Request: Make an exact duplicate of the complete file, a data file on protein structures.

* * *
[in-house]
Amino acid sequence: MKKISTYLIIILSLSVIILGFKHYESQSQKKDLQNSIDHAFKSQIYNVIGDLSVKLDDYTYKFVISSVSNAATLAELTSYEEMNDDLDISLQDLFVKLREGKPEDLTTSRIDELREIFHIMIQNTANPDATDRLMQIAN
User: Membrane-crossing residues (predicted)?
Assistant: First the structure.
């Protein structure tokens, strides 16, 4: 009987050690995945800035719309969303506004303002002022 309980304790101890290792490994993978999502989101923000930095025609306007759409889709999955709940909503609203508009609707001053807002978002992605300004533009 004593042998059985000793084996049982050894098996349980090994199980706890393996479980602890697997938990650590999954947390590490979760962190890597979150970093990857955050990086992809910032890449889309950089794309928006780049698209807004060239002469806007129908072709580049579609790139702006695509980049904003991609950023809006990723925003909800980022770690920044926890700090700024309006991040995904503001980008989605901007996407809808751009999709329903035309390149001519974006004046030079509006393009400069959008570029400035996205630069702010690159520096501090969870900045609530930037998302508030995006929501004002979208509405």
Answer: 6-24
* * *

[in-house]
Amino acid sequence: MKKISTYLIIILSLSVIILGFKHYESQSQKKDLQNSIDHAFKSQIYNVIGDLSVKLDDYTYKFVISSVSNAATLAELTSYEEMNDDLDISLQDLFVKLREGKPEDLTTSRIDELREIFHIMIQNTANPDATDRLMQIAN
User: Membrane-crossing residues (predicted)?
Assistant: First the structure.
């Protein structure tokens, strides 16, 4: 009987050690995945800035719309969303506004303002002022 309980304790101890290792490994993978999502989101923000930095025609306007759409889709999955709940909503609203508009609707001053807002978002992605300004533009 004593042998059985000793084996049982050894098996349980090994199980706890393996479980602890697997938990650590999954947390590490979760962190890597979150970093990857955050990086992809910032890449889309950089794309928006780049698209807004060239002469806007129908072709580049579609790139702006695509980049904003991609950023809006990723925003909800980022770690920044926890700090700024309006991040995904503001980008989605901007996407809808751009999709329903035309390149001519974006004046030079509006393009400069959008570029400035996205630069702010690159520096501090969870900045609530930037998302508030995006929501004002979208509405």
Answer: 6-24